Good Wives By Louisa May Alcott Review!

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Good Wives (1869) by Louisa May Alcott is a wonderful classic with much drama, romance, family dynamics and humour. It is the sequel to Little Women.


Very much a coming-of-age story, readers follow the adventures and emotional ups and downs of Jo, Amy and the rest of the March girls. It is very interesting to read the differences between Jo and Amy in their personalities. Although I could relate more to Jo, there was elements of Amy’s manner I could relate to as well and to Beth’s manner too. So I think readers will find many of the characters easy to relate to and that will add to the reading experience of Good Wives. In this book Meg marries a tutor and becomes a mother. We see how life is for her as a young wife and mother and the ups and downs of those titles at such a young age. Beth passes away in what was some of the hardest scenes to read in this book. Reading the girls losing a part of their sisterly chain was so sad and emotional. Alcott wrote these scenes so realistic and well too that you would almost be in tears. I quite liked Beth. She would be my second favourite character in the book.


In this novel Jo, who is my favourite character, falls in love and undergoes an insecurity about her personality and way of living. She tries to be more conformist and I found myself saying, ‘Girl, you do you and forget what they all think!’ but yes, she is filled with doubt and tries to be something she isn’t which is never good. Meanwhile her sister Amy ends up with Laurie, Jo’s best friend who she has refused. They were slightly sad scenes to read too when she rejected Laurie. We’ve all been there Laurie mate, you’ll survive! But she is very fair to him and doesn’t lead him up the garden path so yet another quality to admire in Jo. But everything comes full circle and he and Amy decide to marry. While I was happy that they both found happiness I did feel they settled for each other. I didn’t buy the chemistry between them both if I’m being honest but their romance was a good read nonetheless.


Jo does find love herself and in her relationship with Professor Bhaer I felt the chemistry I didn’t feel in Amy’s and Laurie’s romance. There was great realistic build-up in their relationship. They seemed made for each other, had lots of nerdy reading pursuits in common and it was nice to see a fictional couple bonding over books because it is often books or a similar interest in general that helps bring people together. So I thought that was very realistic to life. But as a female writer I was heartbroken that she gave up on her writing. I know it was a different time and it would have been harder for her to withstand the pressures female writers were under back in those days but it really felt like she loved her craft and I could feel her pain at giving it up. I’d hate to!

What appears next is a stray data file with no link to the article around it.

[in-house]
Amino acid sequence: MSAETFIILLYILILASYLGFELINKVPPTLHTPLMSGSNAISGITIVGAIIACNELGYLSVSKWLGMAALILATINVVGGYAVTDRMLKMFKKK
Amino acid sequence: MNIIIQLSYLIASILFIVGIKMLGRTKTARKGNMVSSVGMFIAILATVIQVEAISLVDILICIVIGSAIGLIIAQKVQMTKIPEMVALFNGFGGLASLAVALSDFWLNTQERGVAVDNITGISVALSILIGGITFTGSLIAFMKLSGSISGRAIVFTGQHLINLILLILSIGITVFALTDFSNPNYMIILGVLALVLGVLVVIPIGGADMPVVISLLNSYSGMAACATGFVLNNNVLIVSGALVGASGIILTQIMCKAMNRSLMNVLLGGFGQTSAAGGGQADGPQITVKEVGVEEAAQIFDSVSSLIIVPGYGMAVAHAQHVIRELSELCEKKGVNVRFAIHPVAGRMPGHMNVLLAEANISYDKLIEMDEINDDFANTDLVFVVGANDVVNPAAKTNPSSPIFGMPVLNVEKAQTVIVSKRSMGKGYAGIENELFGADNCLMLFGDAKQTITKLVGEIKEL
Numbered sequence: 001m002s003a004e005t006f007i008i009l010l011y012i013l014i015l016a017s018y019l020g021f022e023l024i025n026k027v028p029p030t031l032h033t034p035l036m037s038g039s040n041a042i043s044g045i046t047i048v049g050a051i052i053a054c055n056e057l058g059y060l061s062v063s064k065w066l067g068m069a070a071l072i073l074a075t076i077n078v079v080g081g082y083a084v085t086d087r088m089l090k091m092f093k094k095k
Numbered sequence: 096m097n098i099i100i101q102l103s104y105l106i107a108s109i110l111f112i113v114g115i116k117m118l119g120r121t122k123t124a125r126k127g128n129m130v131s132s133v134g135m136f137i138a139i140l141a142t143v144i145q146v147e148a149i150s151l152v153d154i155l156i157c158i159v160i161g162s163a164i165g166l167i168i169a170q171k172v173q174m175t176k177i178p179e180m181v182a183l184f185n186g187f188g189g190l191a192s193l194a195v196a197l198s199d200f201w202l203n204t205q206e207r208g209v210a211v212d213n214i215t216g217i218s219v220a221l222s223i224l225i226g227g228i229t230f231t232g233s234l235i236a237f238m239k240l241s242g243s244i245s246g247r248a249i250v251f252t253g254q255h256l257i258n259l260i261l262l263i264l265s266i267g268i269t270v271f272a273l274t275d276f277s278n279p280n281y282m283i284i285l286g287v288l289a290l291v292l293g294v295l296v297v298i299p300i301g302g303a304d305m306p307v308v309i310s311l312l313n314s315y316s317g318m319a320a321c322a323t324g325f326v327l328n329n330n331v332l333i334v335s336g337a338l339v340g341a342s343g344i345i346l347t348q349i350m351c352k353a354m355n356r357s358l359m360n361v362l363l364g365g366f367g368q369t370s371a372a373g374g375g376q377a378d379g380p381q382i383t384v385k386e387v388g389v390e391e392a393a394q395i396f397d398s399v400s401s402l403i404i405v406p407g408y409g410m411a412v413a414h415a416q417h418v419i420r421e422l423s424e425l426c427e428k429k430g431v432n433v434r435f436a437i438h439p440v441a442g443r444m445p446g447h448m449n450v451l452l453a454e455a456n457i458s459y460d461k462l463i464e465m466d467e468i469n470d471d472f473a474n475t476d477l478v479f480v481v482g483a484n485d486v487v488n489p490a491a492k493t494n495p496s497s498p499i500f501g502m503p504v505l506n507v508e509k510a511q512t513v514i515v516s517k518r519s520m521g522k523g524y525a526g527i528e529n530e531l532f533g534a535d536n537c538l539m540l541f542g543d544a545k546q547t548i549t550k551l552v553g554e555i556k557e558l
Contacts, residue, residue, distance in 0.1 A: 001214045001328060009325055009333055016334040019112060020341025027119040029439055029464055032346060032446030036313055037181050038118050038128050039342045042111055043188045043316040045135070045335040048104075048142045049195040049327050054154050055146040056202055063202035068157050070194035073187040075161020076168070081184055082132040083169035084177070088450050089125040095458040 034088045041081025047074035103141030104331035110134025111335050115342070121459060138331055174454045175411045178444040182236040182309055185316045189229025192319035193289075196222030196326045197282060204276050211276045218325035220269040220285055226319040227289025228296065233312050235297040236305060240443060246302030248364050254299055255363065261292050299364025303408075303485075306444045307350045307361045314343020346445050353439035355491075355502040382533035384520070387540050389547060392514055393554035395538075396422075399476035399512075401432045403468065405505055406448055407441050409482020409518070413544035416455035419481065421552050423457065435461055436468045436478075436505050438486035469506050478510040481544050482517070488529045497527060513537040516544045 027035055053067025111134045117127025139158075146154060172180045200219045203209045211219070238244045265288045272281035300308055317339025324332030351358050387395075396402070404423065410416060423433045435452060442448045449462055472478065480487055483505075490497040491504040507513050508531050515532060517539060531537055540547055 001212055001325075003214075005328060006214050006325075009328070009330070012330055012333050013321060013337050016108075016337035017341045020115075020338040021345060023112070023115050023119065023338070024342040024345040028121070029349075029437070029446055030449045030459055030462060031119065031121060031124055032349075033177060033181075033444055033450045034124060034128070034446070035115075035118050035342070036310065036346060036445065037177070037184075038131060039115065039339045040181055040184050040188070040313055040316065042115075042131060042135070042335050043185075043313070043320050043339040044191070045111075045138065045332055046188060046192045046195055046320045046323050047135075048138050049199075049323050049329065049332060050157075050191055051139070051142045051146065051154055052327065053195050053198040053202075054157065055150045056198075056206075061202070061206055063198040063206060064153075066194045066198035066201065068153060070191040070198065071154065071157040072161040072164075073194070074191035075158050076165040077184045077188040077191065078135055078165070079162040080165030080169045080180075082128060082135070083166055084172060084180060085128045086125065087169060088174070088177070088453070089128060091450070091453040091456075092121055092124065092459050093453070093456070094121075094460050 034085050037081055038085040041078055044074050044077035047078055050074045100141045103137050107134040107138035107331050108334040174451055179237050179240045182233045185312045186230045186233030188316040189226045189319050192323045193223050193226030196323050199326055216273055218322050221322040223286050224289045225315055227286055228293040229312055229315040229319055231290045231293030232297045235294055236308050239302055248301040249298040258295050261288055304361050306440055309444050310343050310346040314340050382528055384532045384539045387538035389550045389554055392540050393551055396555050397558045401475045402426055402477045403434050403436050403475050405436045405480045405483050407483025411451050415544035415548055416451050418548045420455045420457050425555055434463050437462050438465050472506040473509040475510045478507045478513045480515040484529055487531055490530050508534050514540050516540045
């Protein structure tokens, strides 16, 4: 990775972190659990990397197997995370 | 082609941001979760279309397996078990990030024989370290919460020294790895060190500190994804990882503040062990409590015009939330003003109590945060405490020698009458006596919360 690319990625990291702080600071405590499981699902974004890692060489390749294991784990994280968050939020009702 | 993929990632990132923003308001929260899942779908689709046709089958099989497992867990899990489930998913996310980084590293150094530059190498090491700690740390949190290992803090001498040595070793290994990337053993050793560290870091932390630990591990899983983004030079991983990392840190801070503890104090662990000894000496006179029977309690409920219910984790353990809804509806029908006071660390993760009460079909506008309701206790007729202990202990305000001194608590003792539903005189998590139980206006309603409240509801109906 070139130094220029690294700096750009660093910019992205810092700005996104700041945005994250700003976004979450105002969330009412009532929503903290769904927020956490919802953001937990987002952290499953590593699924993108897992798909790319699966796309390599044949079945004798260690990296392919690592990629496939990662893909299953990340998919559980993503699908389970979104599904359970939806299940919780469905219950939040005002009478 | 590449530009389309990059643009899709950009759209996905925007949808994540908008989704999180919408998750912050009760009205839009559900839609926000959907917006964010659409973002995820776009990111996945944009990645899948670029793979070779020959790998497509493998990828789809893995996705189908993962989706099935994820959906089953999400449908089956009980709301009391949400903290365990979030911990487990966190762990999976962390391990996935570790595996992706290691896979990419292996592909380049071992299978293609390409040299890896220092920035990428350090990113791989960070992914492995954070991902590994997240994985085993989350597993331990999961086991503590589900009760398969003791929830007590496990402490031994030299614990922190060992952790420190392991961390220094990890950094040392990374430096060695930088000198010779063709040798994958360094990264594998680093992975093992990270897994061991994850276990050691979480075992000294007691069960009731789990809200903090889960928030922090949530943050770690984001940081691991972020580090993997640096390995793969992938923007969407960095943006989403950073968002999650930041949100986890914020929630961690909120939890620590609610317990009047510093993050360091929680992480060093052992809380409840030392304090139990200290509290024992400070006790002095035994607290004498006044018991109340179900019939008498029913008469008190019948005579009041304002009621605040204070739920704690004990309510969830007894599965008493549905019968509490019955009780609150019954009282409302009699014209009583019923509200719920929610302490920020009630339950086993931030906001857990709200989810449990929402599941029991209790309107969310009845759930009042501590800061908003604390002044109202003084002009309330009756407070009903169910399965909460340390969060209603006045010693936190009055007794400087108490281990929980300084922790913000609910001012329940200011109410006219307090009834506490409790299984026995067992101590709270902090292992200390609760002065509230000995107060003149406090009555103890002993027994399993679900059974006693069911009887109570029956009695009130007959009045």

There is so many messages in this book which I think are important. We live obviously in a different time now to when the book was set but many of the messages still remain important just maybe with a modern slant. For example instead of marriage we now have the option of either marriage or cohabitation but the messages remain the same of not rushing into something you don’t want to and true love being possible. Admittedly not all the characters heed that advice!


A very well-written book which is no less than one would expect from Louisa. She has ensured that all the elements are present in this book from realistic dialogue to entertaining plots and memorable characters in perfect settings and situations to test them which makes the character interactions rich and the story flowing. A very interesting page-turner.


Readers get invested in the characters’ stories very easily. A great read.


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Poem: Dear Old Louisa

I’m not afraid of storms, for I’m learning how to sail my ship.
She said.
Louisa May Alcott,
you independent soul,
pushing through book after book,
inspiring years after your death,
compelling us all with characters,
making a character in Jo
who is half me,
half my sister,
writing independent women since the 1800s.
My dear fellow writer,
my dear fellow feminist,
my dear fellow woman,
today you would have been 184
but you live on through your books.
If I could have one quarter of your success
my ship would be sailing into orbit.